It is interesting to see how (and where) the Gospel writer introduces the prophecy: it follows directly after the heavenly Messenger’s announcement to Joseph. Note the similarity in language in v. 21: “she will bring forth a son and you will call his name Yeshua± [Jesus]”, which is nearly identical to that of Isa 7:14 (cf. the similar pronouncements in Gen 16:11 and Judg 13:5). Many critical scholars would hold that Matthew has shaped the angelic announcement to fit Isa 7:14; however, it is certainly possible that, seeing the similarity in language, the writer was led to include the Isaiah prophecy at this point. Indeed, this sort of “catchphrase bonding” abounds in the New Testament, and was a prime technique used by early Christians to join Scriptures and traditions together. The writer is also careful to distinguish the two passages: while “call his name Jesus” and “call his name Immanuel” are parallel, they are not identical—this is probably why the third person plural “they shall call” is used in the citation; it is a small adaptation, but it has an interesting effect. Joseph (the “you” of v. 21) calls him “Jesus” (v. 25), but “they” (people of Israel, believers, those who encounter Jesus) will call him “Immanuel”.  This is indeed what has happened: for believers, who ‘find’ Jesus in the Scriptures, apply those texts to him—whether or not the original context truly warrants it!

Even in the early years of the Church there were questions (by both Jews and Greco-Roman ‘skeptics’) about such use of the Old Testament, and even about the Isaian passage in particular. Isa 7:14 is not cited in the New Testament outside of Matt 1:22-23, but then the birth of Jesus in general is scarcely mentioned apart from the Infancy narratives of Matthew and Luke. Nor is it used by the so-called Apostolic Fathers of the late-first and early/mid-second century (except for the ‘long’ form of Ignatius’ letter to the Ephesians §18). By the late-second and into the third-century it appears more frequently, corresponding both with an increased interest in traditions regarding Jesus’ birth, as well as more ‘systematic’ attempts to defend (proto-)orthodox Christian beliefs in the face of Jewish and pagan objections. Justin Martyr gives perhaps the earliest [c. 140-160], and most noteworthy, surviving treatments of Isa 7:14: in his First Apology §33, and especially in the Dialogue (with Trypho) §§43, 66-67. The Jewish interlocutor “Trypho” in §67 (at first) offers an interpretation of Isa 7:14 similar to that of modern scholars (that is, according to the original historical sense); Justin has no interest in responding to this view, but rather reacts to the notion that beliefs such as the Virgin Birth are derived in imitation of pagan myths, provoking a lengthy discussion. While earlier generations of critical scholars occasionally posited similar explanations for the “origin” of the Virgin Birth, they have been almost entirely abandoned by serious commentators today.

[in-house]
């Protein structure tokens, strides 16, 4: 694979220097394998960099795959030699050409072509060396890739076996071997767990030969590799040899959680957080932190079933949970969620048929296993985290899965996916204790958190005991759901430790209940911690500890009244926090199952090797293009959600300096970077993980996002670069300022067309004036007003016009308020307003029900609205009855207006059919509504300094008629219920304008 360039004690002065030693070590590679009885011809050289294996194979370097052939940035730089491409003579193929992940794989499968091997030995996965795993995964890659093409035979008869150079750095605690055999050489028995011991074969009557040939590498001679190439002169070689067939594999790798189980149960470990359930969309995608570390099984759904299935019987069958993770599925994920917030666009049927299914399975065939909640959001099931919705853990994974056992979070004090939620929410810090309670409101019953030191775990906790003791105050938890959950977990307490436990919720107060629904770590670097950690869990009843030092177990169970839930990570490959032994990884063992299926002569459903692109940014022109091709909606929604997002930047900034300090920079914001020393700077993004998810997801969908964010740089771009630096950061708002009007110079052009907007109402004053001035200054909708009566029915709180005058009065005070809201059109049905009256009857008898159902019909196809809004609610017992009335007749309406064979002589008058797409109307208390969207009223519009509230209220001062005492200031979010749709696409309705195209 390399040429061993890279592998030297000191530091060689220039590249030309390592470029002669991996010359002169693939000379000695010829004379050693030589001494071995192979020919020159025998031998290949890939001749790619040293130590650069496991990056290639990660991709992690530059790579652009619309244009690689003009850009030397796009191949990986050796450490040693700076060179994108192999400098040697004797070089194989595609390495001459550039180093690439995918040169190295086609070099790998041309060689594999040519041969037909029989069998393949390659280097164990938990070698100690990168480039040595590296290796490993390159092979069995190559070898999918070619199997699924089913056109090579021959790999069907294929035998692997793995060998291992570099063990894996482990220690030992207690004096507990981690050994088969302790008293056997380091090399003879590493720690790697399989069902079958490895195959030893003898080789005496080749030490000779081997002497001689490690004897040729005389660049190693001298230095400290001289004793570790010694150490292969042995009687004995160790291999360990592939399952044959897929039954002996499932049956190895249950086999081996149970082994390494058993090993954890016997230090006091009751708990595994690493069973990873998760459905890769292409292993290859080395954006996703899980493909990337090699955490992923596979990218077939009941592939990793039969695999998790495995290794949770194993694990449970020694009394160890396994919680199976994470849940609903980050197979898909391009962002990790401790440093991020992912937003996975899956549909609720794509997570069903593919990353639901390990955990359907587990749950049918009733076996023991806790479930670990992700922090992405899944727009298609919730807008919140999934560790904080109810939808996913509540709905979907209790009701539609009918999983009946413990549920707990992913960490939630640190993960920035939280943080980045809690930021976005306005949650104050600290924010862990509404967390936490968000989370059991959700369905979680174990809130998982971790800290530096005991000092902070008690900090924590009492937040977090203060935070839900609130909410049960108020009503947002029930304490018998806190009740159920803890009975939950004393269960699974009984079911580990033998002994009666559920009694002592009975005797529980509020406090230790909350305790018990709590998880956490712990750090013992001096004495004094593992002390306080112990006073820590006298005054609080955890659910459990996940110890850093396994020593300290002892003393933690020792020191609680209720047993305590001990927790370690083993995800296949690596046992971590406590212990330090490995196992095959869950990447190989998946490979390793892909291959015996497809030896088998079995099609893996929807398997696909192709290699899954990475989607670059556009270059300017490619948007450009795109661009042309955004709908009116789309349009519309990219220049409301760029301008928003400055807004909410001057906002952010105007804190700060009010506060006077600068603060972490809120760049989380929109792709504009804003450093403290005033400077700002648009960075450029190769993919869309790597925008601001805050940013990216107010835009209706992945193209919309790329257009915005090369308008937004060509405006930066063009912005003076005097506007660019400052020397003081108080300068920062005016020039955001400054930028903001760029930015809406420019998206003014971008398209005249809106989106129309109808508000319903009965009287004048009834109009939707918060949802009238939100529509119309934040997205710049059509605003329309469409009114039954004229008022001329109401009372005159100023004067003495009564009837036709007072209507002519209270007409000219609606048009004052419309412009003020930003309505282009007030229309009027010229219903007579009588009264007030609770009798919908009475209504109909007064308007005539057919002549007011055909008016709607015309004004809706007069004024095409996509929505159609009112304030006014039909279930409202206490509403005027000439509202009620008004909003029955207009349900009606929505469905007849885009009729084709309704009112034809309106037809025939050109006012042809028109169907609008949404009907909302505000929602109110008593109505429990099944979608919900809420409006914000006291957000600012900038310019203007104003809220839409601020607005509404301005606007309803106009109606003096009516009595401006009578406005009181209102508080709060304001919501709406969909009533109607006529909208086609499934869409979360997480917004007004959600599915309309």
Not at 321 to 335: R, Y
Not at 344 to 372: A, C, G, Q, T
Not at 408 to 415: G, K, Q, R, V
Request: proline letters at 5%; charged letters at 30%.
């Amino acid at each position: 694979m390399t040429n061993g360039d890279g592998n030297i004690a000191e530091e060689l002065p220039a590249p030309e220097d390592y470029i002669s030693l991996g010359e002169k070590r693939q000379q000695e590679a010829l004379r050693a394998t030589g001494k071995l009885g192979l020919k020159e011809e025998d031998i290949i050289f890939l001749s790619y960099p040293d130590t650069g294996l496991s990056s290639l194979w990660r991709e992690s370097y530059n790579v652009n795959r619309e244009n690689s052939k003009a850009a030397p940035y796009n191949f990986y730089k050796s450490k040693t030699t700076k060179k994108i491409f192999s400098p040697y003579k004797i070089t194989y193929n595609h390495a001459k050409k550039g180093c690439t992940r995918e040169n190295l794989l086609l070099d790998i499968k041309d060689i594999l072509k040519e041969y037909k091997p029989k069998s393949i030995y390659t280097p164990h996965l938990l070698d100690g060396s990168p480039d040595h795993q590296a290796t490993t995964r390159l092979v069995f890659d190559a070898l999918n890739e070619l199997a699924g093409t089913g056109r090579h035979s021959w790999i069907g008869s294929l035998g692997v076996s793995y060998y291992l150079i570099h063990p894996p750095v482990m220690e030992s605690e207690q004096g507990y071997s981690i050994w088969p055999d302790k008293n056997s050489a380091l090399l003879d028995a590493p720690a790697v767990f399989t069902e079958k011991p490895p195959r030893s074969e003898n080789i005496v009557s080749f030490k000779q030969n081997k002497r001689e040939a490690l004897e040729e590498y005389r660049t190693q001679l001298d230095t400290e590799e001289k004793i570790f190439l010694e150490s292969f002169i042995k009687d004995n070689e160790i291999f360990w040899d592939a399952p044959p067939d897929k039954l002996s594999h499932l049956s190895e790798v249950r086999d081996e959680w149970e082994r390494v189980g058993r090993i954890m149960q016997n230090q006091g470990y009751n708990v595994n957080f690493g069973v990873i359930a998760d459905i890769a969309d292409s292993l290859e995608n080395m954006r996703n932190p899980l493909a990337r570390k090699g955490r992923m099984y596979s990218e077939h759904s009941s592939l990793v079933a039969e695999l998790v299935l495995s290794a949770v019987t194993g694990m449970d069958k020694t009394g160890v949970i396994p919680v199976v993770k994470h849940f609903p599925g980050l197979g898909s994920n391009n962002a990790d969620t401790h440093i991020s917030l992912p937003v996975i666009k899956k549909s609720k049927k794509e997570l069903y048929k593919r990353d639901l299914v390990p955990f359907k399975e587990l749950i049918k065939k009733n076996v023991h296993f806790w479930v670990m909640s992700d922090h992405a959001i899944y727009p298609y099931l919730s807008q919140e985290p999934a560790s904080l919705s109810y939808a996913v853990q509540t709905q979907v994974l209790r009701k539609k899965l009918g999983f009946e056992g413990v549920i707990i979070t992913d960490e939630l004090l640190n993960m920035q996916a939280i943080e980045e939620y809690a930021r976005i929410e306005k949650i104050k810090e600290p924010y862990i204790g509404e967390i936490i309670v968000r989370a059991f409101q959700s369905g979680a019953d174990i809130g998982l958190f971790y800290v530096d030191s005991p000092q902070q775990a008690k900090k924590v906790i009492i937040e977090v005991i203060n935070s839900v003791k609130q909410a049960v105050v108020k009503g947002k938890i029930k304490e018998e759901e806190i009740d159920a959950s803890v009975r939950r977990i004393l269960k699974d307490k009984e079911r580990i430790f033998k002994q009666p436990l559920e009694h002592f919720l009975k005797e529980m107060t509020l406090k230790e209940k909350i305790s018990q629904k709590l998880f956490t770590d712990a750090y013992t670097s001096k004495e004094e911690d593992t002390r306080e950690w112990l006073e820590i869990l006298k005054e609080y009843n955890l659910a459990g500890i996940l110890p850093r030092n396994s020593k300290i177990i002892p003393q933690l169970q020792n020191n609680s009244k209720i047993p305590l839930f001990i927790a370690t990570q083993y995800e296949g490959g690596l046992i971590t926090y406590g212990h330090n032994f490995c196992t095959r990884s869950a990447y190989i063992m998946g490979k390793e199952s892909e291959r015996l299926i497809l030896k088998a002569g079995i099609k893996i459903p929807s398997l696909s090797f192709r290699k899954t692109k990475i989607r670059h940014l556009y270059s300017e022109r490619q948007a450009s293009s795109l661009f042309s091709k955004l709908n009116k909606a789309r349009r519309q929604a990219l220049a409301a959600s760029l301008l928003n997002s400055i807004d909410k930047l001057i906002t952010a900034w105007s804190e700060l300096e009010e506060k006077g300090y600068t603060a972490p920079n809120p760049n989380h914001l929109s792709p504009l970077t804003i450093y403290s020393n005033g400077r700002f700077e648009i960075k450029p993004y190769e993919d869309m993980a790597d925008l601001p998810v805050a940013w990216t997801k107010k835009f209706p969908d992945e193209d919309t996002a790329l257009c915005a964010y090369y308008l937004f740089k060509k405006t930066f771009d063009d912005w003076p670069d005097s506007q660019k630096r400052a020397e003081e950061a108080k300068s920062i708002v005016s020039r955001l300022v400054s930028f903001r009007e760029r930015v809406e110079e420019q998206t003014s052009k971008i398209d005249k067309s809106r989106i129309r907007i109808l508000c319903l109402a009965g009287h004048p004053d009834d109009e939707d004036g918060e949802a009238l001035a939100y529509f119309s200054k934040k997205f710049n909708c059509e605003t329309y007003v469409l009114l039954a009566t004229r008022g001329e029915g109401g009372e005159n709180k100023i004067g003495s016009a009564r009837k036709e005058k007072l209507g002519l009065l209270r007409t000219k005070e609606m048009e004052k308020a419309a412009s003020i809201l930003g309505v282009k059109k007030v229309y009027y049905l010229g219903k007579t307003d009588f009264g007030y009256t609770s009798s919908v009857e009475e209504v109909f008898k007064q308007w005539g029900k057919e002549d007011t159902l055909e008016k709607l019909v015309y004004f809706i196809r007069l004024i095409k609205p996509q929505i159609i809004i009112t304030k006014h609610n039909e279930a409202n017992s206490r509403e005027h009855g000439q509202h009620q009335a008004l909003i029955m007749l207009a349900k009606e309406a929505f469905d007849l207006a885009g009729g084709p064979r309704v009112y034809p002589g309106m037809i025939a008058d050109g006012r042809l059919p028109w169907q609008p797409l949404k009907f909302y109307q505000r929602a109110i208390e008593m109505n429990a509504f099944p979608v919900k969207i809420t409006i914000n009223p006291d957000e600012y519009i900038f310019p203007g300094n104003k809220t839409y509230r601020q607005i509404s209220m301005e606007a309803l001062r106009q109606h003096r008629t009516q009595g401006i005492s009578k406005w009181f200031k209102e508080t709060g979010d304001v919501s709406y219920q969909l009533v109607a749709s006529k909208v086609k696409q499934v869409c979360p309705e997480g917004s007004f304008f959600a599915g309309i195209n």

In conclusion, let me return to the interpretive crux—believers, including the earliest Christians (and the inspired Gospel writer), have applied Isaiah 7:14 to the (virgin) birth of Jesus, even though the original context of the passage relates to the Syrian-Ephraimite crisis facing Ahaz and the kingdom of Judah in c. 735-4 B.C. I regard this as one of the great wonders and beauties of the sacred Writings: that prophet and people, author and hearer (or reader) alike respond to the word[s] of God and the work of the Holy Spirit as part of a profound creative process. The eternal Word, stretching from the 8th-century crisis facing the people of Israel, touching those who experience the miracle and mystery of Jesus’ birth, reaching all the way down to us today—all who are united in the Spirit of God and Christ—speaks that remakable, nearly unexplainable phrase, that one name: la@ WnM*u! “God-with-us”.